I have a confession: I stared at my computer screen off and on for four hours trying to figure out what to say for my last column of the year. I was stuck mainly because I wanted to provide the necessary amount of holiday cheer and optimism for the new year, but three stories settled in my brain in a way that made it difficult:
1. Driving in the rain for some Christmas shopping, I passed a woman standing with an umbrella in one hand and a cardboard sign in the other. “I wouldn’t be out here unless I truly needed to be,” said the sign, or words to that effect. I gave her some money.
2. The city of Kuna is actively campaigning to create a new taxpayer-funded recreation district. Kuna, you will recall, is the town that rejected a school levy and was forced to vote for it again until they got it right. It seems rather tone-deaf of city officials to move forward with a plan that would cost some of the lower income residents $100 a year or more. Worse, the city has decided to actively campaign for the new taxing district, even going so far as to advertise for signature gatherers in an effort to put the issue on the ballot, likely a misuse of government resources.
3. The urban renewal agency in Coeur d’Alene is spending taxpayer money in an effort to market itself, build public awareness and get people to have warm, happy thoughts about the government agency. Agency officials are quoted in the Coeur d’Alene Press saying, "If we have better outreach efforts, we feel like a lot more people would be supportive of what we do.”
What does No. 1 have to do with Nos. 2 and 3? Every day, government agencies, including the ones in Idaho, are looking for ways to pick your pocket.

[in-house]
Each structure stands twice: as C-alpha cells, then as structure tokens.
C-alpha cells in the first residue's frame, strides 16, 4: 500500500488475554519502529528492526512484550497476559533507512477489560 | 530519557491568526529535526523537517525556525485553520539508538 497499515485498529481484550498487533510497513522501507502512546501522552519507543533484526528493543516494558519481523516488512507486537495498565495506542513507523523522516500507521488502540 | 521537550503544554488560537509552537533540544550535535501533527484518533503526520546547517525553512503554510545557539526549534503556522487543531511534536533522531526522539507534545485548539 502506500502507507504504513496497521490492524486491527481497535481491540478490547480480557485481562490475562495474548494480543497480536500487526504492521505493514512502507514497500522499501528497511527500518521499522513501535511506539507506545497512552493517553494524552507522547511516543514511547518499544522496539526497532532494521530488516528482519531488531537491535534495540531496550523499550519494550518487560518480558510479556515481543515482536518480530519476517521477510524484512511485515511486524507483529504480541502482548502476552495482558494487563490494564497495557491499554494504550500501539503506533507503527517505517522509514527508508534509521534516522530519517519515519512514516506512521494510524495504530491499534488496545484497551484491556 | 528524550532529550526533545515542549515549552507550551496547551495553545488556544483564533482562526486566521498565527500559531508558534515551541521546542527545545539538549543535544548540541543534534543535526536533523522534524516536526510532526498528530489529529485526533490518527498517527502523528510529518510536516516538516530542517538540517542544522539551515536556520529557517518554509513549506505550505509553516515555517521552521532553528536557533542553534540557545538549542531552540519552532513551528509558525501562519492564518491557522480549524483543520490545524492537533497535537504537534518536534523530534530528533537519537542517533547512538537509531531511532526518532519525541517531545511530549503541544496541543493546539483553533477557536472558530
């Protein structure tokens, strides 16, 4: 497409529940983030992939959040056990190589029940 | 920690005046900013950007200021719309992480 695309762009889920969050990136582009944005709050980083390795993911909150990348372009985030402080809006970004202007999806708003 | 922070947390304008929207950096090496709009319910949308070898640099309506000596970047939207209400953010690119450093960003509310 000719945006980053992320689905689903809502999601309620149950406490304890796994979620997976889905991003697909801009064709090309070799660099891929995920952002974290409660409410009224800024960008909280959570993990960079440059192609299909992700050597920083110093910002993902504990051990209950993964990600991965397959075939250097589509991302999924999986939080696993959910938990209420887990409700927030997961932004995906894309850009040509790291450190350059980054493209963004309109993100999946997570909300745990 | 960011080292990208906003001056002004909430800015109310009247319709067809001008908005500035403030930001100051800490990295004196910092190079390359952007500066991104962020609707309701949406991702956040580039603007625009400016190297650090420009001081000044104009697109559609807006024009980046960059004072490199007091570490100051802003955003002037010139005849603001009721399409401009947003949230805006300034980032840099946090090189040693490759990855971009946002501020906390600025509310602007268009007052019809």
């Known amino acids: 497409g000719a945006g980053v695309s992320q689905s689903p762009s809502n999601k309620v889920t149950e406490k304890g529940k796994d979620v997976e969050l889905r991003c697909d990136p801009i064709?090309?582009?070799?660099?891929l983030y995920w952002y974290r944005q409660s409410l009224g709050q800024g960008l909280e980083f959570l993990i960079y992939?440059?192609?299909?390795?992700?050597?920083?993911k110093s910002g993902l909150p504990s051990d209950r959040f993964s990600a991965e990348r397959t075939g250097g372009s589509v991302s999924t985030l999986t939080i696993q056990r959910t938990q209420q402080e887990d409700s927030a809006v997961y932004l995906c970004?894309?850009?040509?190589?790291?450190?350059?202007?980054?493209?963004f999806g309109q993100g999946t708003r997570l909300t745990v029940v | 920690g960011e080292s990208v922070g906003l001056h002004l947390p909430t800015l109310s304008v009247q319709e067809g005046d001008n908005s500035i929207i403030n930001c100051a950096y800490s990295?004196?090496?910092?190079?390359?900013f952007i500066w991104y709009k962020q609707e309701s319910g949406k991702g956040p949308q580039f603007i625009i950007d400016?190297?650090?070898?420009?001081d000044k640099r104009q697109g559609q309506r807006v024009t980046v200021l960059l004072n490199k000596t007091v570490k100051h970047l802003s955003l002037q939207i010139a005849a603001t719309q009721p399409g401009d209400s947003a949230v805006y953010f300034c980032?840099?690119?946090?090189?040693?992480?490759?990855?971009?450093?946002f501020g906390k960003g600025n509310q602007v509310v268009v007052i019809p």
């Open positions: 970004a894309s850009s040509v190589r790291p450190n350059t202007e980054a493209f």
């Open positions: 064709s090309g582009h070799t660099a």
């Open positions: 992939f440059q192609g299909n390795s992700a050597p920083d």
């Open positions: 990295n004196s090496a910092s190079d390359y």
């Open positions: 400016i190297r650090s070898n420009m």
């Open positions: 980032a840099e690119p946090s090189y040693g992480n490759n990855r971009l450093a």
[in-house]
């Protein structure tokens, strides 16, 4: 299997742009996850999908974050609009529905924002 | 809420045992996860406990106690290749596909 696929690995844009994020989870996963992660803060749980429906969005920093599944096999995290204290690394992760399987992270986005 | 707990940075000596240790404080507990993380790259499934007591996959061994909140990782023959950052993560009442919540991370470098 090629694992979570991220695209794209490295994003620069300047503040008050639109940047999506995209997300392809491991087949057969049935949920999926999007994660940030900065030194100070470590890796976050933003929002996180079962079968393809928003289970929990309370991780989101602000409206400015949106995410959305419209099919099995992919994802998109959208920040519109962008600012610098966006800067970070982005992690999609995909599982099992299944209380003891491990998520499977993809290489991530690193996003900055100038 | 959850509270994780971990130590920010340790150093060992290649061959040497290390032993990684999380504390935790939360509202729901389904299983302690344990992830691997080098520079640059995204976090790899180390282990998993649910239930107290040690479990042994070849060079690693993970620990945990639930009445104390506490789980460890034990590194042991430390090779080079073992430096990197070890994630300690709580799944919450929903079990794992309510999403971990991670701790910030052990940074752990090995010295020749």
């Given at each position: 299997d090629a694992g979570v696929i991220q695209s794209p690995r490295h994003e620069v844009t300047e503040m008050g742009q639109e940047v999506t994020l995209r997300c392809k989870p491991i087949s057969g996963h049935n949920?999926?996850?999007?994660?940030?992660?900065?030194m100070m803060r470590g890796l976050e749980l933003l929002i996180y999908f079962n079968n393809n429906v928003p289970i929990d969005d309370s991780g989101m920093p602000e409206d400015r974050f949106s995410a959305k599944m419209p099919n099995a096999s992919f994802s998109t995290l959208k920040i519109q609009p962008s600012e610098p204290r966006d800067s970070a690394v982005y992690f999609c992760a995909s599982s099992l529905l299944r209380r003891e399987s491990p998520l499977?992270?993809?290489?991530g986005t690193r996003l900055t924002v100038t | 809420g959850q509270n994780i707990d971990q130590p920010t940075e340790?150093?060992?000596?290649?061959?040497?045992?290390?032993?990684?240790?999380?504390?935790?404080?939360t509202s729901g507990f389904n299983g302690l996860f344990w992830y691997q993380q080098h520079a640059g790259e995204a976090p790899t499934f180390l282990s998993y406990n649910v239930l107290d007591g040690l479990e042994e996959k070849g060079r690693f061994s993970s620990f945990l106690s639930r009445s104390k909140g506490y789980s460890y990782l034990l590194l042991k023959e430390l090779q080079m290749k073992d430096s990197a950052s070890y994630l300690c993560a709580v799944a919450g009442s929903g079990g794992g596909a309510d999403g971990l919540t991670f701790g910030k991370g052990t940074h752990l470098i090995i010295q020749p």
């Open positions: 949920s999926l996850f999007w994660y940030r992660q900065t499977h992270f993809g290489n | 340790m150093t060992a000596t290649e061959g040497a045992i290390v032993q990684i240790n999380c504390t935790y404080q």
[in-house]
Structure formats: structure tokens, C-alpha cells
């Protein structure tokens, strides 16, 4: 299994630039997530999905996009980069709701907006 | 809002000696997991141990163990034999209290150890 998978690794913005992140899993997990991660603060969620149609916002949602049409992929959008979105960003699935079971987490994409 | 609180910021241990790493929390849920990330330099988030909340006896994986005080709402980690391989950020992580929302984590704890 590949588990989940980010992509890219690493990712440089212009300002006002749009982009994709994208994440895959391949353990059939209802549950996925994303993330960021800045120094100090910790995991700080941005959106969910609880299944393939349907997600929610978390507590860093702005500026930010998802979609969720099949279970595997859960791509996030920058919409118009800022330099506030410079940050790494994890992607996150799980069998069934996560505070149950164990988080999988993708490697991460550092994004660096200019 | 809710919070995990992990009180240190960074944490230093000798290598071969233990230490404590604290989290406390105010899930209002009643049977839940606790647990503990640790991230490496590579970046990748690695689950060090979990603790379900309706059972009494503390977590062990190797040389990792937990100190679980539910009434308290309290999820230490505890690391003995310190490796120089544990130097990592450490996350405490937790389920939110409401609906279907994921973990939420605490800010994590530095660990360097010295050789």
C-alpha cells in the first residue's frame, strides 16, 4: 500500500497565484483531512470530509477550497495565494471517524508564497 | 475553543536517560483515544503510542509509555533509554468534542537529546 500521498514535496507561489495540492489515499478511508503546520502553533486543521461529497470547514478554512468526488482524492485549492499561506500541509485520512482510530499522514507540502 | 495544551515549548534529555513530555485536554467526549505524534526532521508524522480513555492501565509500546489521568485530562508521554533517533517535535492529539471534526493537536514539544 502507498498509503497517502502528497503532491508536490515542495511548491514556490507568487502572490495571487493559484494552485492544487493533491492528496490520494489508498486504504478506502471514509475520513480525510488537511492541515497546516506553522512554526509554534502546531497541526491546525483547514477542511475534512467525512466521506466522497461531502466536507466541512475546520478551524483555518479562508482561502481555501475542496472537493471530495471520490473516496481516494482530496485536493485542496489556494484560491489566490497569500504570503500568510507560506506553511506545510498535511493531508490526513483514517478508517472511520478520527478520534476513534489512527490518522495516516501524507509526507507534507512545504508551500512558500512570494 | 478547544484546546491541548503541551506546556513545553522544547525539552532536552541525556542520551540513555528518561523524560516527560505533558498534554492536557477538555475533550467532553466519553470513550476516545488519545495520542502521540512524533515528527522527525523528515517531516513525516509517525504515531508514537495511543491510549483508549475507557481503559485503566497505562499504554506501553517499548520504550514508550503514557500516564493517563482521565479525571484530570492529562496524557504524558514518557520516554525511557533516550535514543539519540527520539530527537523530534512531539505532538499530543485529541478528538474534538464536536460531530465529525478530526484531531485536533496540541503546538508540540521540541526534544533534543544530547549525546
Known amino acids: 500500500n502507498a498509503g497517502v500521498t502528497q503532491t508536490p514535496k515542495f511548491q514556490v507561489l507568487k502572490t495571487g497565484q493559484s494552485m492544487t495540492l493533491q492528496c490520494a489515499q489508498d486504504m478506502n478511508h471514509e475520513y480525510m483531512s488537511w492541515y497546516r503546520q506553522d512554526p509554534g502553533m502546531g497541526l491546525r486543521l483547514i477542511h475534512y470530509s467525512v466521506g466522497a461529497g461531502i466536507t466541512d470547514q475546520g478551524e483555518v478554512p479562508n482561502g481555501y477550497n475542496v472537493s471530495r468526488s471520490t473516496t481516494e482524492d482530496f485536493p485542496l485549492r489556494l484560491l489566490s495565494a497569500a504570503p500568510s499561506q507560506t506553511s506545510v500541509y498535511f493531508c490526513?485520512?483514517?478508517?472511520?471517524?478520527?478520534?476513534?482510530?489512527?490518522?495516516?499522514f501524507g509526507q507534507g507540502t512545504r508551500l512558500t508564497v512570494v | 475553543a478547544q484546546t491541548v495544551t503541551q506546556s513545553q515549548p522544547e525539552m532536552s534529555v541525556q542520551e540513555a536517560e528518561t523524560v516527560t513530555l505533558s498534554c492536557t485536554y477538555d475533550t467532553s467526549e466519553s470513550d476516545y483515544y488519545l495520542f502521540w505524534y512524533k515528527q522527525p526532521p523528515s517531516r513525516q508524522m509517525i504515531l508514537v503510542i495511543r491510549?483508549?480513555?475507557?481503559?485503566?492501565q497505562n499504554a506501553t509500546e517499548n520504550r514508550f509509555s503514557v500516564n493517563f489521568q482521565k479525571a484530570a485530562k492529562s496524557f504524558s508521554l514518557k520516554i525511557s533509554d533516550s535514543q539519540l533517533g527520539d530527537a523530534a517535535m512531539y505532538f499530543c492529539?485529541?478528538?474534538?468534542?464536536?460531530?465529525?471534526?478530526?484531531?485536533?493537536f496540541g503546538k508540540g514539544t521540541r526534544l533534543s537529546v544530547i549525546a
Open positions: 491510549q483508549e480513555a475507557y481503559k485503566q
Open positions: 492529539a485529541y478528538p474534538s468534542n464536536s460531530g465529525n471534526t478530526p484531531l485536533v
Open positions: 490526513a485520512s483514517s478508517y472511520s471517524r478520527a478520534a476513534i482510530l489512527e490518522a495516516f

The amount of money donated to the lady standing the rain probably doesn’t come close to what she’ll pay in higher taxes—directly or indirectly—through the confiscatory practices of the government. The woman standing in the rain, trying to find enough money to feed, clothe and shelter her family is competing against the people who are using her money to finance the effort to take more money out of her pocket. The government do-gooders who think they’re helping by setting up another government taxing district or marketing government programs are having the opposite effect.
The title of FreedomWorks CEO Matt Kibbe’s 2014 book is a plea to government officials: “Don’t Hurt People and Don’t Take Their Stuff.” That’s my 2015 plea for the government officials who take people’s hard-earned money.
And I resolve that in 2015 I will do everything I can to point out and fight every single time a government official in the state misuses taxpayer dollars, engages in shameless self-promotion at taxpayer expense, creates new ways to siphon money from people without their knowledge or uses taxpayer resources to benefit the politically powerful or well-connected.
Well, now I know I did find just the right amount of holiday cheer and optimism for the new year that I was looking for.
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